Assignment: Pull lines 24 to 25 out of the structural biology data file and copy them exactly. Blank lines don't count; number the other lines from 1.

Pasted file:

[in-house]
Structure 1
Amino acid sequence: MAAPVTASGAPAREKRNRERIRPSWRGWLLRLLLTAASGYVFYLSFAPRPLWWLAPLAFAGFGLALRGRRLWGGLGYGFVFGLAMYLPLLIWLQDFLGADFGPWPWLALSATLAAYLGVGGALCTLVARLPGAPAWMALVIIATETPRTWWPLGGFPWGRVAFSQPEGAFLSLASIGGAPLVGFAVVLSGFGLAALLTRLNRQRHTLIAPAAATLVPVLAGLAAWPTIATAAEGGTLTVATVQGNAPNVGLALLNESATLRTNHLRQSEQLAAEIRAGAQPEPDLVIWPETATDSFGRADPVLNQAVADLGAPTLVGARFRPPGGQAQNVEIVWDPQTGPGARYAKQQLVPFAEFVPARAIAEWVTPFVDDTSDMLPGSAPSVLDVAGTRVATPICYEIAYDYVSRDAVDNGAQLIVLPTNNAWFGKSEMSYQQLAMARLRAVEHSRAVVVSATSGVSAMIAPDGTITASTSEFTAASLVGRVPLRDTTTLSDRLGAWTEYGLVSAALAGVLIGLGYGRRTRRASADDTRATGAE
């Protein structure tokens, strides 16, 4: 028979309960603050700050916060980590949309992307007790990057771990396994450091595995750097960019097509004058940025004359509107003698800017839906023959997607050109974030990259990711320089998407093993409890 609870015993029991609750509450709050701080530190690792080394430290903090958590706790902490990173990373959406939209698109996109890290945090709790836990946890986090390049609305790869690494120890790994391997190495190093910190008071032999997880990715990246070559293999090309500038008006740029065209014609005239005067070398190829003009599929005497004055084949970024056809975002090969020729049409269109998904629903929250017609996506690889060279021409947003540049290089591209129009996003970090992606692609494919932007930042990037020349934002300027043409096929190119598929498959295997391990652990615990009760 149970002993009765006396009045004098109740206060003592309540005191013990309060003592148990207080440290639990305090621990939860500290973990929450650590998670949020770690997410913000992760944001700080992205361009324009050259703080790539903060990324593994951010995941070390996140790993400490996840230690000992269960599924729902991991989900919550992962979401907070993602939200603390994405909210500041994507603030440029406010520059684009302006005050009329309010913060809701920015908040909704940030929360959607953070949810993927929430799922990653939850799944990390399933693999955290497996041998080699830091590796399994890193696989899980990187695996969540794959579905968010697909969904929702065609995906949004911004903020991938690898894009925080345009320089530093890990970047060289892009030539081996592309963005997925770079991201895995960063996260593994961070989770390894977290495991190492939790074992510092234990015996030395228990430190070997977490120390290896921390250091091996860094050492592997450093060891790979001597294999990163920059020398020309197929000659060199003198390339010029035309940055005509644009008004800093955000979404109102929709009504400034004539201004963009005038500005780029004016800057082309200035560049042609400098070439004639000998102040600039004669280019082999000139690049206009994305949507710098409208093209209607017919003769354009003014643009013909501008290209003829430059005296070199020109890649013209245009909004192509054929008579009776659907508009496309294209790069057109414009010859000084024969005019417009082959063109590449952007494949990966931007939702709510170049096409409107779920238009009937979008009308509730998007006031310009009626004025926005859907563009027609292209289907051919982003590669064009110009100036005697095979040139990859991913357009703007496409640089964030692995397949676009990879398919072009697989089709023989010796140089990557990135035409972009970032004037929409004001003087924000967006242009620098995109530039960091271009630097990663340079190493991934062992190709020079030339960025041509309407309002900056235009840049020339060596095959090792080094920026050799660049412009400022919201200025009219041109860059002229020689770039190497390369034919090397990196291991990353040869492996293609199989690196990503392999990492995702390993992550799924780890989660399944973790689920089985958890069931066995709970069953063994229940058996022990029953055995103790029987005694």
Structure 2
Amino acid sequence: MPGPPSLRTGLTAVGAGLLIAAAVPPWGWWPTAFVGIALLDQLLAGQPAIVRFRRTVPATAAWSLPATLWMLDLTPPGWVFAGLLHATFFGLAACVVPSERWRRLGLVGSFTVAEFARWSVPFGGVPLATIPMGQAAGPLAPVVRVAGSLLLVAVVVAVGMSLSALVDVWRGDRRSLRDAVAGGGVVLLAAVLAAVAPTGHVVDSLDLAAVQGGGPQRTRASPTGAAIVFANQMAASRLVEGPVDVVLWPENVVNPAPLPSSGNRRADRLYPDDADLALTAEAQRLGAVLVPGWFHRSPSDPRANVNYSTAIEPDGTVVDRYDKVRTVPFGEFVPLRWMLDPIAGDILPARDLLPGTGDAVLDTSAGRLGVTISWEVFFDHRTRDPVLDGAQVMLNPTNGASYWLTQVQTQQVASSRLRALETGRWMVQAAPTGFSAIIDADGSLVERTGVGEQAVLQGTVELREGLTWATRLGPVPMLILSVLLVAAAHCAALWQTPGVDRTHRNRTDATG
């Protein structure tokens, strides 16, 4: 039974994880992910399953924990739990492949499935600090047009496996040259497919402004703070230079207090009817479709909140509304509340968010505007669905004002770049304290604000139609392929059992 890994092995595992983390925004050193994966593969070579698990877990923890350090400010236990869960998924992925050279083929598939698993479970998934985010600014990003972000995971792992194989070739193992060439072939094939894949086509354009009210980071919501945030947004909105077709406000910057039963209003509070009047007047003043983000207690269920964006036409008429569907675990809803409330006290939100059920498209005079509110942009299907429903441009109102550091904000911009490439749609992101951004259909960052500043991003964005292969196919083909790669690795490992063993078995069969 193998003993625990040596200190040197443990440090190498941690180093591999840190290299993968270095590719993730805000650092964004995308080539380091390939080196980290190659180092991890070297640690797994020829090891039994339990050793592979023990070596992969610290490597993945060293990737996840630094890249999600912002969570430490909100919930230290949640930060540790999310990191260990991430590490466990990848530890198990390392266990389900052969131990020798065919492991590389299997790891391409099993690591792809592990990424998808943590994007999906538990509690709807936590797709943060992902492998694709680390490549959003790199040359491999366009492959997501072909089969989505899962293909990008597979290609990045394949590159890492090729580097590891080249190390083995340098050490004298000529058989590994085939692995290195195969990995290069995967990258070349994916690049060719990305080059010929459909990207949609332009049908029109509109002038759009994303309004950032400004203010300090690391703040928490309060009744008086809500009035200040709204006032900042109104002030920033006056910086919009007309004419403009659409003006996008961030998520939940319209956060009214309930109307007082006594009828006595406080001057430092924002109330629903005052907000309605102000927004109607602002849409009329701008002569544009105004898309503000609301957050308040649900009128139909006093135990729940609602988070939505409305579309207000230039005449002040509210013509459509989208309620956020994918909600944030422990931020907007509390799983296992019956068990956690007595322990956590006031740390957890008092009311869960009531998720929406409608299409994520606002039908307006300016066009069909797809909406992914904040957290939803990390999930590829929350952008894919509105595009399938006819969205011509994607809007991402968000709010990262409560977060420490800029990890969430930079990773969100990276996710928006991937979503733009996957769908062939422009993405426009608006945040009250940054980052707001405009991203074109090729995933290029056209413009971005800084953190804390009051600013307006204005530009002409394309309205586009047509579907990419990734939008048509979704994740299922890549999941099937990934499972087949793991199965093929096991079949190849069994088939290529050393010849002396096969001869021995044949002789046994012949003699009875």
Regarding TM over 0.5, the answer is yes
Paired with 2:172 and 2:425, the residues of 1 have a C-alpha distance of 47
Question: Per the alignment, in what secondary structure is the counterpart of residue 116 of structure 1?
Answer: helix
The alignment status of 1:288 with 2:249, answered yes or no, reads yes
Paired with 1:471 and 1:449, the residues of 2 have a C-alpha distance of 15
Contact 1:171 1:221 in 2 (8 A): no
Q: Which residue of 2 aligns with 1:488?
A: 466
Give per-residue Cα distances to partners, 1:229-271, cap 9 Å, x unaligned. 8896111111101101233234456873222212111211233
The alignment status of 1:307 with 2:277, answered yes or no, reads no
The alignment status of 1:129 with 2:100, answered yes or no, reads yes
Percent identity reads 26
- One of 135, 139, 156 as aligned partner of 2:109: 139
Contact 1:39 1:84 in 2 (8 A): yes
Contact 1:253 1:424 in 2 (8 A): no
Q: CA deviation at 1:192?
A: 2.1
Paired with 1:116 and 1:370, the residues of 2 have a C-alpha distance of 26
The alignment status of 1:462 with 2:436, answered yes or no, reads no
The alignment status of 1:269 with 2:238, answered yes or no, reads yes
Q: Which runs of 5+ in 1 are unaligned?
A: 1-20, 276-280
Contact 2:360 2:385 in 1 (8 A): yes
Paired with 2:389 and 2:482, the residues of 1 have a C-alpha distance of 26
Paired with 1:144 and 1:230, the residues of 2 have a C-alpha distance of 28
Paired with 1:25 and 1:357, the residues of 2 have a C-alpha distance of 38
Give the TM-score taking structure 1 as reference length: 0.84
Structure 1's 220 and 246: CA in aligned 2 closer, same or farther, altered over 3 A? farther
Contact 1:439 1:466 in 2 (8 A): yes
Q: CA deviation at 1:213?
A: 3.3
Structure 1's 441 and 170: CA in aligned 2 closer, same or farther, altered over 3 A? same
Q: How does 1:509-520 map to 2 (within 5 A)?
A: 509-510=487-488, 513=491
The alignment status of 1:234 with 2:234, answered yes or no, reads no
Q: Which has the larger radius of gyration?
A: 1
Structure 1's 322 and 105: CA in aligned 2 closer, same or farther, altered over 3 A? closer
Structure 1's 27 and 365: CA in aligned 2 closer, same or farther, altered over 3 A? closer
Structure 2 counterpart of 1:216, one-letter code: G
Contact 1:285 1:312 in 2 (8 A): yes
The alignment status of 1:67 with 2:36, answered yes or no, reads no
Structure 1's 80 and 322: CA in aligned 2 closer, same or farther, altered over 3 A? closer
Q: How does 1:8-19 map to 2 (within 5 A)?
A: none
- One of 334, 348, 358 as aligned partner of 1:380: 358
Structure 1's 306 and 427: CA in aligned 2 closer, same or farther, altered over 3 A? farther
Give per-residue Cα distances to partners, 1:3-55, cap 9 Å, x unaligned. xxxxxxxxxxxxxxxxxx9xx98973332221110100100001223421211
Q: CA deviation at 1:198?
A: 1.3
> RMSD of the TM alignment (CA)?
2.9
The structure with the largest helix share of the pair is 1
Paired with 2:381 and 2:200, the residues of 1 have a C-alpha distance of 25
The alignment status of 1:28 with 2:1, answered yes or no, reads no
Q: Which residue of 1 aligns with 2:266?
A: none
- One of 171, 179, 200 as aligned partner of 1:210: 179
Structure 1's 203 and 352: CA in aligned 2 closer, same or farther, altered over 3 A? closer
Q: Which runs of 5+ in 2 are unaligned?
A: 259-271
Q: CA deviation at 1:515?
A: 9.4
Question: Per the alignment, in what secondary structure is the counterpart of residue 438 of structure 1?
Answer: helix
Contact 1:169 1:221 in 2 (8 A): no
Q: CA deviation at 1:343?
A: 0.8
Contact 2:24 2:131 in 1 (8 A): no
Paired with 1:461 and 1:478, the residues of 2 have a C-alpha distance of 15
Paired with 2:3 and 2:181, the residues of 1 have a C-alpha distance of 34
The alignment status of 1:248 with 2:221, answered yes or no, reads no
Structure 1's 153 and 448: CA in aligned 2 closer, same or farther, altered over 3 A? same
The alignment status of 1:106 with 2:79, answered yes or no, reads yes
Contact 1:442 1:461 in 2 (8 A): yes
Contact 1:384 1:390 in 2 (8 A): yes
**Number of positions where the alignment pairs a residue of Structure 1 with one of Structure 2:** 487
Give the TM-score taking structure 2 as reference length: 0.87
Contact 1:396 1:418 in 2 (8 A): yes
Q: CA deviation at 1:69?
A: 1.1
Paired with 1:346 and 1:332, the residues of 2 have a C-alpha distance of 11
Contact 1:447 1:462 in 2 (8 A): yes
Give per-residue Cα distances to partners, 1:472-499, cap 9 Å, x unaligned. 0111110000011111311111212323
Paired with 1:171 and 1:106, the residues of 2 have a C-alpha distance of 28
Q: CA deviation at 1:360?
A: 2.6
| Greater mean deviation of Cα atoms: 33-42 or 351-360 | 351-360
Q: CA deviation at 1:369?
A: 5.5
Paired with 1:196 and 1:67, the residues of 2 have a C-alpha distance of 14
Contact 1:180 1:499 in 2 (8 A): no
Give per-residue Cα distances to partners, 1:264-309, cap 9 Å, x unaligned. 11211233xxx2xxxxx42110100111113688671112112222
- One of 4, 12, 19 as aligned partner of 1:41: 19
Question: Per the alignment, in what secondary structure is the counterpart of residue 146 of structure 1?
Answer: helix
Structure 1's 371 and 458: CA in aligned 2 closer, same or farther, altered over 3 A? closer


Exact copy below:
Q: CA deviation at 1:192?
A: 2.1